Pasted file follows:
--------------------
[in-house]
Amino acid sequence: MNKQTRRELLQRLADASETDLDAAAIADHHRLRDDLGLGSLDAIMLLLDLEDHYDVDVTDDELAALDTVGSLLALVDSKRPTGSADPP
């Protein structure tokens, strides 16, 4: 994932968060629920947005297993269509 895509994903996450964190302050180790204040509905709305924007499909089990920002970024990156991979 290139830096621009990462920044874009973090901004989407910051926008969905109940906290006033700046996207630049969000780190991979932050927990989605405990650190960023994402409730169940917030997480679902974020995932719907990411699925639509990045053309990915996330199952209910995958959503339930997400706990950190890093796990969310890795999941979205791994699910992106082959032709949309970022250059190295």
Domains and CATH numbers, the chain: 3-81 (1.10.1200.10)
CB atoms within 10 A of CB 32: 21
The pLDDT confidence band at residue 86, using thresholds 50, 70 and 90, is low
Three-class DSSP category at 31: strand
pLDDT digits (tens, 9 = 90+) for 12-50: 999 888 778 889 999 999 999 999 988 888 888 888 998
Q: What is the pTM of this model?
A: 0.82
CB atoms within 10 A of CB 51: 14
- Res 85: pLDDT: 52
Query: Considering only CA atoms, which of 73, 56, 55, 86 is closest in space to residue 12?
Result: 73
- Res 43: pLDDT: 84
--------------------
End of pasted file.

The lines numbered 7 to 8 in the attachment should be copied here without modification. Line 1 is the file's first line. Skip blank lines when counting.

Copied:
Three-class DSSP category at 31: strand
pLDDT digits (tens, 9 = 90+) for 12-50: 999 888 778 889 999 999 999 999 988 888 888 888 998